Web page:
The wealthy come in a myriad different guises – Gopichand Hinduja looks like the unmarried uncle everyone ignores; Lalit Modi looks like a character from the Indian version of ‘Only Fools and Horses’ whilst Narayan Murthy looks like a bored tax collector on the verge of retirement.
Appearances, however, are never more deceiving than in the case of the rich.
If there is one characteristic that all rich and powerful people share it is their ruthlessness - a single-minded determination to succeed, often at any cost.
Few British Asian tycoons embody that aggression – literally and metaphorically – than Dr Diwan Rahul Nanda, the imposing Chief Executive of the international security solutions provider Topsgrup.
Prior to making his name in Britain, Dr Nanda - the martial arts-loving son of an Indian army major - had already made a name for himself in India, from providing security “solutions” to Bollywood stars and Mumbai’s most iconic landmarks to living Mumbai’s famous ‘Page 3 Lifestyle’ (an allusion to the city's party lifestyle as opposed the British version of the same).
In 2008, he burst on to Britain’s conscience with the audacious takeover of the Shield Guarding Company, one of the UK's oldest security companies.
The flamboyant Dr Nanda’s entry into Britain’s staid old security business caused a minor storm – an ambitious young tycoon from Mumbai who worked hard, partied harder and with a penchant for expensive wheels from Crewe, squaring up against an industry which still resembles the dark and brooding Cold War-era world depicted in John le Carre’s novels.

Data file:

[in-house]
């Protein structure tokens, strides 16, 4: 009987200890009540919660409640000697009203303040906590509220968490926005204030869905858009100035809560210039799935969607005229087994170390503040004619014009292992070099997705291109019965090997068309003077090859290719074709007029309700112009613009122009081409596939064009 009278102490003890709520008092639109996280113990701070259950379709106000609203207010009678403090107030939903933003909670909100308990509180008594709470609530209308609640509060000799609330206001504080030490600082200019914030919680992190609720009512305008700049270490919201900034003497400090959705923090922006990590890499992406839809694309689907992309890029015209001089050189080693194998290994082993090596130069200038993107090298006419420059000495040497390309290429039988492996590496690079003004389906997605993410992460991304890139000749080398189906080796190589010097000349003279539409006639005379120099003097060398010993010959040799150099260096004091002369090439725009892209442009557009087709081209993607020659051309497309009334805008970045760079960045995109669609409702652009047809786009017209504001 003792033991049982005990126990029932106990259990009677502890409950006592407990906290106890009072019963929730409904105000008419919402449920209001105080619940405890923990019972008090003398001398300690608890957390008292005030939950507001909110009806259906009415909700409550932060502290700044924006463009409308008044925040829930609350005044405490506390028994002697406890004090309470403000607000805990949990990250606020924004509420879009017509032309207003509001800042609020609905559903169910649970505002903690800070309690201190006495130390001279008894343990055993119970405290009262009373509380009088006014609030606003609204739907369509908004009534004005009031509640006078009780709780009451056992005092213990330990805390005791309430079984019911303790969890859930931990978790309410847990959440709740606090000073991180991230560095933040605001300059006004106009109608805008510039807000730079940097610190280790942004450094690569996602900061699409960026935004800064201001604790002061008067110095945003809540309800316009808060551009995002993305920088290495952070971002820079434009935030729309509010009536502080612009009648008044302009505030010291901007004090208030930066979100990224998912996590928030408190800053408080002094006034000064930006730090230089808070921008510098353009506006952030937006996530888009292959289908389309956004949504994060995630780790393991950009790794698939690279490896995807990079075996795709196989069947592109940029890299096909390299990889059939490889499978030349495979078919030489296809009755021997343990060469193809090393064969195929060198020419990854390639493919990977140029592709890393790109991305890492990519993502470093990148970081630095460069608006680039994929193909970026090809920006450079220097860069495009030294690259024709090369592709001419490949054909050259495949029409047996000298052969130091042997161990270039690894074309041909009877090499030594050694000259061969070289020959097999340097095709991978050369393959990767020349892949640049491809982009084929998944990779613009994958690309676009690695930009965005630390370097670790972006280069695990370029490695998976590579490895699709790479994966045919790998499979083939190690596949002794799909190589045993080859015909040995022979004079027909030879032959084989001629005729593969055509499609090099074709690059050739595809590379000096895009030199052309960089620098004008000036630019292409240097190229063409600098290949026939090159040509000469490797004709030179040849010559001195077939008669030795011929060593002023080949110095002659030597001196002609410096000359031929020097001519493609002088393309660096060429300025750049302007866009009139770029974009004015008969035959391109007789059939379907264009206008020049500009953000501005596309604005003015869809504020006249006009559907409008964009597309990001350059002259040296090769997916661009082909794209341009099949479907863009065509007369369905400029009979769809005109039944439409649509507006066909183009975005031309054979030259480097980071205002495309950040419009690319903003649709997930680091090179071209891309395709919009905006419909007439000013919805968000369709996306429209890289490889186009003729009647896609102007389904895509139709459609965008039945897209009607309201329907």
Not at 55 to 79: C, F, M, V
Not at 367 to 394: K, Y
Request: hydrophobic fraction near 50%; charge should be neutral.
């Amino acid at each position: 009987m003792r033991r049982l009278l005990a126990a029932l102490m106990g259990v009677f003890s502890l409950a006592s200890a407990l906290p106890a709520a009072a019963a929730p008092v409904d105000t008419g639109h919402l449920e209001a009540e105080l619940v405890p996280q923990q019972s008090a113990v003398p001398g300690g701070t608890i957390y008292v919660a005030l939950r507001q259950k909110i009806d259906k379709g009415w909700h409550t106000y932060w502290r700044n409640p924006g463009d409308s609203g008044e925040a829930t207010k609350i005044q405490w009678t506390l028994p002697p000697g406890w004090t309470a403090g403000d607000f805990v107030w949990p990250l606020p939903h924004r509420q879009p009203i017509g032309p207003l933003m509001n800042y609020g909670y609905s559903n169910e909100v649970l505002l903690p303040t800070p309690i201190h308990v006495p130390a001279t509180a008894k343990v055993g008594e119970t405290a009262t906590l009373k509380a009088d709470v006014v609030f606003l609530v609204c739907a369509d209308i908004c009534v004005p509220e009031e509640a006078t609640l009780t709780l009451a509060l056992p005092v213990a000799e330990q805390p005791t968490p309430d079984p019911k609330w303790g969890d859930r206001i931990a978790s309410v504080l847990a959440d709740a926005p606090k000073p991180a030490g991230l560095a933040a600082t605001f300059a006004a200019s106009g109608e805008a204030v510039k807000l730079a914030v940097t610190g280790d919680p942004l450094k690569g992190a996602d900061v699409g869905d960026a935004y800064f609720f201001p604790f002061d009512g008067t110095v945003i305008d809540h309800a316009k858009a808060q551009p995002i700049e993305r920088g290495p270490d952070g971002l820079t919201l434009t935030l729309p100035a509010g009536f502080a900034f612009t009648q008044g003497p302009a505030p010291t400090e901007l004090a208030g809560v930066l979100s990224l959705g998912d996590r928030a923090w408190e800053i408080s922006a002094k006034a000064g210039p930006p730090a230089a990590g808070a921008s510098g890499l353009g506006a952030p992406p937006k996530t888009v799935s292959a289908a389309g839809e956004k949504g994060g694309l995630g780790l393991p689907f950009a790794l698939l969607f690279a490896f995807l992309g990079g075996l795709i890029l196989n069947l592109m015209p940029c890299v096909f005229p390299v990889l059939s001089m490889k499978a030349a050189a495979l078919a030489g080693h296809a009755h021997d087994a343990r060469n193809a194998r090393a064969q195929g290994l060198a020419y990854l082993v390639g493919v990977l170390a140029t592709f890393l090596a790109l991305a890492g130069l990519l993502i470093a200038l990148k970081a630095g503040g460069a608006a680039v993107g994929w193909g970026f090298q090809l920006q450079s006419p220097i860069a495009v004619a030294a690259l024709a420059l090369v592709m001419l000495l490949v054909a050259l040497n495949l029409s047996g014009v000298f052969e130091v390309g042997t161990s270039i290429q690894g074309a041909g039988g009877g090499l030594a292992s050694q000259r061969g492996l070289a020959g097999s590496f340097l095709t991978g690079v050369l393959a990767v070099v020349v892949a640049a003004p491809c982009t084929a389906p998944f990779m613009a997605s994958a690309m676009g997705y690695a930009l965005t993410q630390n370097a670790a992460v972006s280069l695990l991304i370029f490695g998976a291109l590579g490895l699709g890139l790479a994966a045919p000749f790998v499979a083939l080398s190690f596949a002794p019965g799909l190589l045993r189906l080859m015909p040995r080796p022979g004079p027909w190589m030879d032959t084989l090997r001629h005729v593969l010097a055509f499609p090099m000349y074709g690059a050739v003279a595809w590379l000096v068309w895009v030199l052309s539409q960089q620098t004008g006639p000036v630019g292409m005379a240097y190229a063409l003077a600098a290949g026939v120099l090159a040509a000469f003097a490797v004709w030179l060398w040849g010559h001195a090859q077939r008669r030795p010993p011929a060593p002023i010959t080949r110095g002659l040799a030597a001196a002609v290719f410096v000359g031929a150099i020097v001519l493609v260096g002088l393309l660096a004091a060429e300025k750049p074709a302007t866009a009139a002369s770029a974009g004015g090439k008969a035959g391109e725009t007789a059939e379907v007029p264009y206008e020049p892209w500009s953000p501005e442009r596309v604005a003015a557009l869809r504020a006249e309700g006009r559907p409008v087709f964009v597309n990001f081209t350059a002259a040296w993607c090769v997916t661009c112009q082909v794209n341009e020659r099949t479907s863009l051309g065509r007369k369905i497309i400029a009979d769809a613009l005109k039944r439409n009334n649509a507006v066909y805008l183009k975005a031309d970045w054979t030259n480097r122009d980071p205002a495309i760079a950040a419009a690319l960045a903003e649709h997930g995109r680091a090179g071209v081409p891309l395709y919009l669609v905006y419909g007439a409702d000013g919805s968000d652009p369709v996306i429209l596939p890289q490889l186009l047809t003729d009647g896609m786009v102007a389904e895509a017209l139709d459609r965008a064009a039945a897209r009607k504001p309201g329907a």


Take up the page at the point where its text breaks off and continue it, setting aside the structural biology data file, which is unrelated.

It's the result, according to Dr Nanda, of being in possession of "balls of steel".
'The name's Nanda. Diwan Rahul Nanda.' The tycoon with one of his numerous toys from the storied factories of Crewe. "5 DRN" is a clue to the number of toys. The thrusting, masculine Bentley was, of course, the original 007's great love before Sean Connery decided to adopt the more "elegant" Aston Martin DB5. The wheel arches on the Bentley appear to match Dr Nanda's much-worked biceps.
In 2012, Dr Nanda also made it to the Sunday Times Rich List with a net worth of £168 million, a figure that is significantly higher today, although it’s a bit hit-and-miss to gauge exactly, certainly even for the Times.
"I have little inclination of my 'wealth'", Dr Nanda says. "My money is tied up in the business".
Today the companies he controls provide security solutions – everything from men at the gate to risk assessments and high tech surveillance - to clients such as IBM, Apple, Pepsi, the Tata Group and the Indian Premier League (IPL).
The 44-year-old Mumbaikar’s journey, from running a small Chinese takeaway in his hometown to winning entrepreneurship awards in London, is all the more remarkable due his detour to Britain, where he lives in the wealthy and quaint village of Stoke Poges, Buckinghamshire - a far cry from the revelry of Park Lane and Bandra.
I caught up with Dr Nanda to talk reverse migration, security solutions, Stoke Poges, his legacy and his beloved daughters.
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